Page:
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Vitamin Supplements Don't Work, Potentially Dangerous

No place in healthy diet

Well-meaning parents and coaches, who advise youth athletes to take dietary supplements in an effort to promote early athletic development, improve performance, or to provide nutrition "insurance" are, unfortunately, misinformed. Simply put, there is no place in the diet of a healthy child for megadoses of vitamins, minerals, or other ergogenic aids (dietary supplements that supposedly enhance performance above levels anticipated under normal conditions).

Supplements don't work

  • Dietary supplements do not "speed up" a child's growth and development.

  • Eventual maturity and athletic ability do not depend on how early the child begins adolescence.

  • There is no scientific evidence that mega doses of supplements improve athletic performance, give athletes a competitive advantage or compensate for a lack of training or natural athletic ability.

Dangers of supplements

  • The full short- and long-term impact of dietary supplements (vitamin/mineral supplements, ergogenic aids, and herbs) on young, growing bodies is virtually unknown.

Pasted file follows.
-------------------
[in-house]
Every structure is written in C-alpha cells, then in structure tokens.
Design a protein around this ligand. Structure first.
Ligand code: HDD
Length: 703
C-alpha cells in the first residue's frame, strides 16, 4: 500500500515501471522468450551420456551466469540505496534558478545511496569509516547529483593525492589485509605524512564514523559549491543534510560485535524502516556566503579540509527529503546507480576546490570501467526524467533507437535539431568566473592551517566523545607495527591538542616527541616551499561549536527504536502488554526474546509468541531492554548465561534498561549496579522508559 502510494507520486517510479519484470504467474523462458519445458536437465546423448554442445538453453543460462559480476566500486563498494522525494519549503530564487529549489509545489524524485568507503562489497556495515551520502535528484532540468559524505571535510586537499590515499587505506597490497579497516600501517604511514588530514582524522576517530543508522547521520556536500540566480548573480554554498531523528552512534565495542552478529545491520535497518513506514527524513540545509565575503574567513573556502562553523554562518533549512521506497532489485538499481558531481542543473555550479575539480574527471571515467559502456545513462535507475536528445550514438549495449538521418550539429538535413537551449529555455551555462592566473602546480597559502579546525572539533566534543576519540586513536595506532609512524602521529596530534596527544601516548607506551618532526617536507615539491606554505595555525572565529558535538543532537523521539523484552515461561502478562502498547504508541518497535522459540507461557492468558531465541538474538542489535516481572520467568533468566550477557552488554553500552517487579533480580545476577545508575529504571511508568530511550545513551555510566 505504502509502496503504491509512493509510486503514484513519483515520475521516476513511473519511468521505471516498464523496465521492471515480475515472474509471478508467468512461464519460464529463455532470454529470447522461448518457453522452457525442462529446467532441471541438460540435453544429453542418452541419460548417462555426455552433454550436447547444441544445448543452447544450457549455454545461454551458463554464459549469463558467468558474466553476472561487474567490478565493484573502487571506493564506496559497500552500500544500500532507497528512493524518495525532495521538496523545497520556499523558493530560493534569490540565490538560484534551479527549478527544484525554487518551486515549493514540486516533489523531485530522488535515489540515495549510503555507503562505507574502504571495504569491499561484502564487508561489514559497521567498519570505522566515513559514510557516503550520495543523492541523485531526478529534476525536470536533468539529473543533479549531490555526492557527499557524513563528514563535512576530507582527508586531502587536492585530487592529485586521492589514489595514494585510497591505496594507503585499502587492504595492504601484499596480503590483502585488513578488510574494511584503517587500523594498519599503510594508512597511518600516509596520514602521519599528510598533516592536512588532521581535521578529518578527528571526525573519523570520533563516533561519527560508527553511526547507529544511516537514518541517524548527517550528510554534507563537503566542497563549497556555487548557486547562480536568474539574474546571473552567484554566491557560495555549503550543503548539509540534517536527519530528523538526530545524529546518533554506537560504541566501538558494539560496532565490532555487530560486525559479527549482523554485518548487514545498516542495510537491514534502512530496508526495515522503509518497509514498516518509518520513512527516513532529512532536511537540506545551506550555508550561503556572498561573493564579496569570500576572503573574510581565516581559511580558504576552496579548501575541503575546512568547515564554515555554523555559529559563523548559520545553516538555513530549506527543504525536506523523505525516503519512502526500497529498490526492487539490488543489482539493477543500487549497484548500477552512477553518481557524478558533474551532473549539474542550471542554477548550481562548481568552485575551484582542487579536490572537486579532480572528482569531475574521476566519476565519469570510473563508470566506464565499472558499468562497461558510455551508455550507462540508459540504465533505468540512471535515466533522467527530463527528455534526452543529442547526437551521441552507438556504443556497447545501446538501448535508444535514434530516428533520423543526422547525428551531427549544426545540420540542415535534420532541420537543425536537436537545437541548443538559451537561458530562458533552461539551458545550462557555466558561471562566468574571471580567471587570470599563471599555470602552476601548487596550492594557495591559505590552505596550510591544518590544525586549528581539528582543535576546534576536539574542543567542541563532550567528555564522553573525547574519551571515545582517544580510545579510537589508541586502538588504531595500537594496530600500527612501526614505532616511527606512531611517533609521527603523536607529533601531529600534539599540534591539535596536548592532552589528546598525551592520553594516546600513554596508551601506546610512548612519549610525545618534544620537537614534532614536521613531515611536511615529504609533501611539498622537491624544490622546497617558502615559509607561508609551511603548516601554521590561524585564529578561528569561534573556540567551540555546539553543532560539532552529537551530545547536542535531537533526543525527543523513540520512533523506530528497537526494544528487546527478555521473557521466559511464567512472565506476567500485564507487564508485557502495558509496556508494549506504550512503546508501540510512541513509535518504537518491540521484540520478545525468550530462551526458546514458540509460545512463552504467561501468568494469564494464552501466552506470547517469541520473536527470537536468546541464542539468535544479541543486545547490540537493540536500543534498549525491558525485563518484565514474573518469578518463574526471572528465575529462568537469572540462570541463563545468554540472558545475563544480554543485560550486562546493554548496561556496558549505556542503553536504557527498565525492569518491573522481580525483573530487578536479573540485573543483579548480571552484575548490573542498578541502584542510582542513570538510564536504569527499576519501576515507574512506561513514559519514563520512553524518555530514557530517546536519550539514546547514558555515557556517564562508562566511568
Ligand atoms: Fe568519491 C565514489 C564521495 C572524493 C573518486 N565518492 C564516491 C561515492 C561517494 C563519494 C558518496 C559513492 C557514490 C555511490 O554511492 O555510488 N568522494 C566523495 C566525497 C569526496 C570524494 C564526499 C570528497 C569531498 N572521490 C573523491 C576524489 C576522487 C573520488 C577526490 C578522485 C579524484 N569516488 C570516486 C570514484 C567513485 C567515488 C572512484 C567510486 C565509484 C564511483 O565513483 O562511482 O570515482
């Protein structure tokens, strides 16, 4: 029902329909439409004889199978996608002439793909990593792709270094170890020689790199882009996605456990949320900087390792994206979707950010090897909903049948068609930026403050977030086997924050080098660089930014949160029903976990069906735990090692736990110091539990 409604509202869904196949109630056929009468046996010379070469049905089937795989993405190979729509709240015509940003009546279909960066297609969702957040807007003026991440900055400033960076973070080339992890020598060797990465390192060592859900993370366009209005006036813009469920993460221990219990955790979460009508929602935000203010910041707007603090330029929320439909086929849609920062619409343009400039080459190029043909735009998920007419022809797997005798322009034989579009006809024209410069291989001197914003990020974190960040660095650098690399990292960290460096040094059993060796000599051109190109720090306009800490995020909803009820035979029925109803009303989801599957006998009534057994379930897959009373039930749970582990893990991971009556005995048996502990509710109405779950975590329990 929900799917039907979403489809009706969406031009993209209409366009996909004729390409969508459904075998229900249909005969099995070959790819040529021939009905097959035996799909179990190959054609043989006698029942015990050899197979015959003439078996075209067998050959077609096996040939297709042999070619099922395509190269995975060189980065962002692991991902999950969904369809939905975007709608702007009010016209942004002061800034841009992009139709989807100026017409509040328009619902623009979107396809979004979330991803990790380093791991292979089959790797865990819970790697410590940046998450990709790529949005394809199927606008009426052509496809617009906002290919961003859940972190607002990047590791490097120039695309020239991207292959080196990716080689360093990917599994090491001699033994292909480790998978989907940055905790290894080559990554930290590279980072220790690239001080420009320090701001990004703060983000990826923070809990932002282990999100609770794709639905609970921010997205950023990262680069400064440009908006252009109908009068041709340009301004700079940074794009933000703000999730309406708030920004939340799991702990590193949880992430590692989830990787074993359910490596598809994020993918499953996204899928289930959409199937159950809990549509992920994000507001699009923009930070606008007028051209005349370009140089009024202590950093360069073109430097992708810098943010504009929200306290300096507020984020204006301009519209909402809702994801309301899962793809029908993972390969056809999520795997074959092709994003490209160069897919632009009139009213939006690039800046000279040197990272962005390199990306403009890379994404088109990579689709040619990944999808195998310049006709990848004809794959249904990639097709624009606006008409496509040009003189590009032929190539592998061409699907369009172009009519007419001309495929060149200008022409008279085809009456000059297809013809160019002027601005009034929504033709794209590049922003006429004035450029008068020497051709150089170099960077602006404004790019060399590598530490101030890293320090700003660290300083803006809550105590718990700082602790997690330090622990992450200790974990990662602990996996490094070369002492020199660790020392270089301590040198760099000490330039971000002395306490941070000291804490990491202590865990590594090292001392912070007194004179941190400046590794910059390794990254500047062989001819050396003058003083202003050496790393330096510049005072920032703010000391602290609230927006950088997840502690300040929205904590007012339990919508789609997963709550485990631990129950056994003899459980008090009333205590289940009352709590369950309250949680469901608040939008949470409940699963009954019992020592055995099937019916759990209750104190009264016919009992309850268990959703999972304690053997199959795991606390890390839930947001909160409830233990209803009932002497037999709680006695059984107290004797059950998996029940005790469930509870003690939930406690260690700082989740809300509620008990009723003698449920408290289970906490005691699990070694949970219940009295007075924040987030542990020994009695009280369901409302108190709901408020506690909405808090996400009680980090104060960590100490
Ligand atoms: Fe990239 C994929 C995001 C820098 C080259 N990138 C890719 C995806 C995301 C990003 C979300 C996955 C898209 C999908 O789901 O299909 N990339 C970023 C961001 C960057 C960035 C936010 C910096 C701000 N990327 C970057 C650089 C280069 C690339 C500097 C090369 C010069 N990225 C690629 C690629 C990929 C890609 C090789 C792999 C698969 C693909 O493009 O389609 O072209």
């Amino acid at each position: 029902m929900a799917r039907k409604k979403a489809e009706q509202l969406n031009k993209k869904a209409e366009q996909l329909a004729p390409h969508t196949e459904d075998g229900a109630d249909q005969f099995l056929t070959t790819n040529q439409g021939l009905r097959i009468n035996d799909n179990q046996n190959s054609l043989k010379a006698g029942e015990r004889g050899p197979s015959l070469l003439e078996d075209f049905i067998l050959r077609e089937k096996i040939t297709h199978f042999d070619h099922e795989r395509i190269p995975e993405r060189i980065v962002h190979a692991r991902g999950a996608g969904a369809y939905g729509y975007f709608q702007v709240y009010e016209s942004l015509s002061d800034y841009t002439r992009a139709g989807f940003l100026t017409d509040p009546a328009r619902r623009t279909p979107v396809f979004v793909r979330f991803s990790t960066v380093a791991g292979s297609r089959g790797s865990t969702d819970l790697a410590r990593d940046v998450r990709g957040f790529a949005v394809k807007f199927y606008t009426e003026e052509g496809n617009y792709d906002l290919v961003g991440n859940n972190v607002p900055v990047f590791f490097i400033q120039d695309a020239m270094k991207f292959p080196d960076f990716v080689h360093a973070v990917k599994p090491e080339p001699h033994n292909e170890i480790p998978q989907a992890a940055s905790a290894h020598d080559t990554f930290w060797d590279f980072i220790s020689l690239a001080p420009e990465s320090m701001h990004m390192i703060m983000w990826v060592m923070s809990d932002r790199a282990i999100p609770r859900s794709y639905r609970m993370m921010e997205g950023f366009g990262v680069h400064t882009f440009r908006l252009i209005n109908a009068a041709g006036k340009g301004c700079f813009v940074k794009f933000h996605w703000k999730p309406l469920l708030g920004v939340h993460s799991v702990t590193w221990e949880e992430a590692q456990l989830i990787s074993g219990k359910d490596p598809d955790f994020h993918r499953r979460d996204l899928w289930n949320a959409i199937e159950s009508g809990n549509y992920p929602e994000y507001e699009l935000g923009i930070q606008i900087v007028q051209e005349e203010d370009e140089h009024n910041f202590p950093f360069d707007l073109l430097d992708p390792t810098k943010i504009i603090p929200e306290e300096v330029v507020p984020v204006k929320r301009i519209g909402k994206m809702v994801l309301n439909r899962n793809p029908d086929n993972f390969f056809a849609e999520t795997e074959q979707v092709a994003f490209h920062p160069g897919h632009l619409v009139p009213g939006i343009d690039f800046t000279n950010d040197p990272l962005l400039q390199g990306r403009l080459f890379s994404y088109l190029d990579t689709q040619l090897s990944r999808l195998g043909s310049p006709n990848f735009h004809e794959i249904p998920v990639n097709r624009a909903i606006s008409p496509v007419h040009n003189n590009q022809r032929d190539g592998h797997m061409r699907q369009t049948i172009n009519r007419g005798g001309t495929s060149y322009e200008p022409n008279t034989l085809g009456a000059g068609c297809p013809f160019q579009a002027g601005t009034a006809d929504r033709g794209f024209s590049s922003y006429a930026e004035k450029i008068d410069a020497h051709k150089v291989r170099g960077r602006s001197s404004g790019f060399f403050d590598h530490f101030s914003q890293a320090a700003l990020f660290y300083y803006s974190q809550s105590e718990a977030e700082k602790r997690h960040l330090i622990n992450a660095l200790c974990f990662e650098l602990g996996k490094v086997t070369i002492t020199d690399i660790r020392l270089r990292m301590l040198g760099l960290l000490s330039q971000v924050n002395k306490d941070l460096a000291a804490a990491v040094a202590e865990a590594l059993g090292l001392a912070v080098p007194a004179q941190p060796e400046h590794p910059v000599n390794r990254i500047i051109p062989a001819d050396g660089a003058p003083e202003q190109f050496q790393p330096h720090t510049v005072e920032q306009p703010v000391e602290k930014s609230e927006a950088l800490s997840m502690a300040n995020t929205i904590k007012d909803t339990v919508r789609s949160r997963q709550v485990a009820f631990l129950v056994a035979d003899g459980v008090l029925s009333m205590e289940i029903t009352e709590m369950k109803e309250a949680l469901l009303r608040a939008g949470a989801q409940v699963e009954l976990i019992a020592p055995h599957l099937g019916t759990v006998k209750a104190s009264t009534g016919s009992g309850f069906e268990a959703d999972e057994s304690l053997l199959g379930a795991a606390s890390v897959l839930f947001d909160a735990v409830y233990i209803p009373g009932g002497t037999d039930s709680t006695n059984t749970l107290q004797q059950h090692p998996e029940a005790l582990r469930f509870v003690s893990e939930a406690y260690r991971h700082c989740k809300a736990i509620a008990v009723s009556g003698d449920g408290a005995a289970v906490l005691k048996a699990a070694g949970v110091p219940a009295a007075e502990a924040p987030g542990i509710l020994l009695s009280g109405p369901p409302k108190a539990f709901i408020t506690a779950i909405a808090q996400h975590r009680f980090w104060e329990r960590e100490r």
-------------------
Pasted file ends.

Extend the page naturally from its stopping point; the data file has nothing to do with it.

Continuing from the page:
• Unlike prescription drugs, the federal Food and Drug Administration (FDA) does not regulate dietary supplements for safety, effectiveness, potency, or purity.

  • Large doses of vitamins and minerals can actually be dangerous, and growing children and adolescents are at greater risk of experiencing adverse effects.

Supplements encourage bad eating habits

  • Giving children supplements can encourage bad eating habits by leading your child to incorrectly assume that, since his morning pills supposedly provide him with all the nutrients he needs, he is free to eat candy and drink soda instead of cereal and milk.

  • Supplement use can also lead your child to erroneously associate improved performance with whatever supplements she happens to be taking instead of attributing her progress to training, hard work, and a balanced diet.

  • This type of false reinforcement may also lead the youth athlete to try other types of supplements and substances (such as drugs and steroids), creating a snowball effect with potentially disastrous consequences.

Healthy well-balanced diet best

The key for the young athlete, as for all athletes, is to consume a wide variety of foods from the Food Guide Pyramid to obtain the many different nutrients the body requires for optimal growth, development and performance. They can't be found in any one food or supplement.

To help your child resist any pressure to take supplements, you need to:

  • Emphasize how regular foods promote muscle growth and optimal performance

  • Reinforce your child's confidence in eating "ordinary" foods

  • Help your child keep a record of what he eats, when and how hard he trains, and improvements in his performance, which will both allow you to attribute improved athletic performance to good dietary and training habits instead of a pill or powder and empower your child to exert control over his athletic performance as well as all areas of his life.

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